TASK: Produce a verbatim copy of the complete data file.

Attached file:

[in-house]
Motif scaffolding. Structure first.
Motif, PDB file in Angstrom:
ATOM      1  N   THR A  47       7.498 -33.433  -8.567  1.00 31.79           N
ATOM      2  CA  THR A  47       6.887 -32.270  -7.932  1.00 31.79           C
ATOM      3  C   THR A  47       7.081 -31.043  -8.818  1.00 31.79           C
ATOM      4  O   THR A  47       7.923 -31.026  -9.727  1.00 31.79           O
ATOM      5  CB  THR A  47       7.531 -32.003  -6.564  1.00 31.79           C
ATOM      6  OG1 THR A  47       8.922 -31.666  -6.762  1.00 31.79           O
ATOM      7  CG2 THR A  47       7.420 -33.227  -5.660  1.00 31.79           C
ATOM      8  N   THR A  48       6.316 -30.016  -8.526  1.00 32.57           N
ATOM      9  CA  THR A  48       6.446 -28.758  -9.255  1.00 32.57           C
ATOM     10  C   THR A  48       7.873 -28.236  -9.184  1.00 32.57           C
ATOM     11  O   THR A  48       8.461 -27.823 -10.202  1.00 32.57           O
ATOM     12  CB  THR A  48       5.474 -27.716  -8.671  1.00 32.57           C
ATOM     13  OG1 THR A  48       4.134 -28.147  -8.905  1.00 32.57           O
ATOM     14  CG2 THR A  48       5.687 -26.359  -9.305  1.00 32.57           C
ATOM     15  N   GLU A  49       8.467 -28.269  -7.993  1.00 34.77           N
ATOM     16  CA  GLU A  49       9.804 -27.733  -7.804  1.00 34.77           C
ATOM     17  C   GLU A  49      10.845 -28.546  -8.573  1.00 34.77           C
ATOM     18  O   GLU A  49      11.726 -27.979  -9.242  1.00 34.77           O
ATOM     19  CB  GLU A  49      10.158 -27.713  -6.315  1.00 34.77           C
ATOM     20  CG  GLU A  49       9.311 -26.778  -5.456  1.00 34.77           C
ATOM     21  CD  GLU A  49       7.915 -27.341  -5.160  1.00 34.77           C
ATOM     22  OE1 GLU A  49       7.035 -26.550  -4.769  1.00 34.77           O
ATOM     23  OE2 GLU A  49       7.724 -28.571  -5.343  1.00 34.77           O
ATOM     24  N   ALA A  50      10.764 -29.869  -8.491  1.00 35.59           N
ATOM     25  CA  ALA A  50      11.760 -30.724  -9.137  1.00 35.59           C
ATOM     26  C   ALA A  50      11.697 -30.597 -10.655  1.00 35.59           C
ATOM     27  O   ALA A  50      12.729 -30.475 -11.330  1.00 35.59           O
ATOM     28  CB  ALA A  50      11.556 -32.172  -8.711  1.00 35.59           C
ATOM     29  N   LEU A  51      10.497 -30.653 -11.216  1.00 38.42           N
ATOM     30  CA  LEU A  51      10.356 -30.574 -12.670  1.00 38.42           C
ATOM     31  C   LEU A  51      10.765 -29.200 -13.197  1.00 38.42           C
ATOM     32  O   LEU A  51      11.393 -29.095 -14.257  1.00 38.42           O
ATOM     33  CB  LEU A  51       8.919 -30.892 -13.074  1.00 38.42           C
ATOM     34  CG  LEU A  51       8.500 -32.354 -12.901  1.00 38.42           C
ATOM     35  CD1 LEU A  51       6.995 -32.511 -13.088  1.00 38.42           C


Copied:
[in-house]
Motif scaffolding. Structure first.
Motif, PDB file in Angstrom:
ATOM      1  N   THR A  47       7.498 -33.433  -8.567  1.00 31.79           N
ATOM      2  CA  THR A  47       6.887 -32.270  -7.932  1.00 31.79           C
ATOM      3  C   THR A  47       7.081 -31.043  -8.818  1.00 31.79           C
ATOM      4  O   THR A  47       7.923 -31.026  -9.727  1.00 31.79           O
ATOM      5  CB  THR A  47       7.531 -32.003  -6.564  1.00 31.79           C
ATOM      6  OG1 THR A  47       8.922 -31.666  -6.762  1.00 31.79           O
ATOM      7  CG2 THR A  47       7.420 -33.227  -5.660  1.00 31.79           C
ATOM      8  N   THR A  48       6.316 -30.016  -8.526  1.00 32.57           N
ATOM      9  CA  THR A  48       6.446 -28.758  -9.255  1.00 32.57           C
ATOM     10  C   THR A  48       7.873 -28.236  -9.184  1.00 32.57           C
ATOM     11  O   THR A  48       8.461 -27.823 -10.202  1.00 32.57           O
ATOM     12  CB  THR A  48       5.474 -27.716  -8.671  1.00 32.57           C
ATOM     13  OG1 THR A  48       4.134 -28.147  -8.905  1.00 32.57           O
ATOM     14  CG2 THR A  48       5.687 -26.359  -9.305  1.00 32.57           C
ATOM     15  N   GLU A  49       8.467 -28.269  -7.993  1.00 34.77           N
ATOM     16  CA  GLU A  49       9.804 -27.733  -7.804  1.00 34.77           C
ATOM     17  C   GLU A  49      10.845 -28.546  -8.573  1.00 34.77           C
ATOM     18  O   GLU A  49      11.726 -27.979  -9.242  1.00 34.77           O
ATOM     19  CB  GLU A  49      10.158 -27.713  -6.315  1.00 34.77           C
ATOM     20  CG  GLU A  49       9.311 -26.778  -5.456  1.00 34.77           C
ATOM     21  CD  GLU A  49       7.915 -27.341  -5.160  1.00 34.77           C
ATOM     22  OE1 GLU A  49       7.035 -26.550  -4.769  1.00 34.77           O
ATOM     23  OE2 GLU A  49       7.724 -28.571  -5.343  1.00 34.77           O
ATOM     24  N   ALA A  50      10.764 -29.869  -8.491  1.00 35.59           N
ATOM     25  CA  ALA A  50      11.760 -30.724  -9.137  1.00 35.59           C
ATOM     26  C   ALA A  50      11.697 -30.597 -10.655  1.00 35.59           C
ATOM     27  O   ALA A  50      12.729 -30.475 -11.330  1.00 35.59           O
ATOM     28  CB  ALA A  50      11.556 -32.172  -8.711  1.00 35.59           C
ATOM     29  N   LEU A  51      10.497 -30.653 -11.216  1.00 38.42           N
ATOM     30  CA  LEU A  51      10.356 -30.574 -12.670  1.00 38.42           C
ATOM     31  C   LEU A  51      10.765 -29.200 -13.197  1.00 38.42           C
ATOM     32  O   LEU A  51      11.393 -29.095 -14.257  1.00 38.42           O
ATOM     33  CB  LEU A  51       8.919 -30.892 -13.074  1.00 38.42           C
ATOM     34  CG  LEU A  51       8.500 -32.354 -12.901  1.00 38.42           C
ATOM     35  CD1 LEU A  51       6.995 -32.511 -13.088  1.00 38.42           C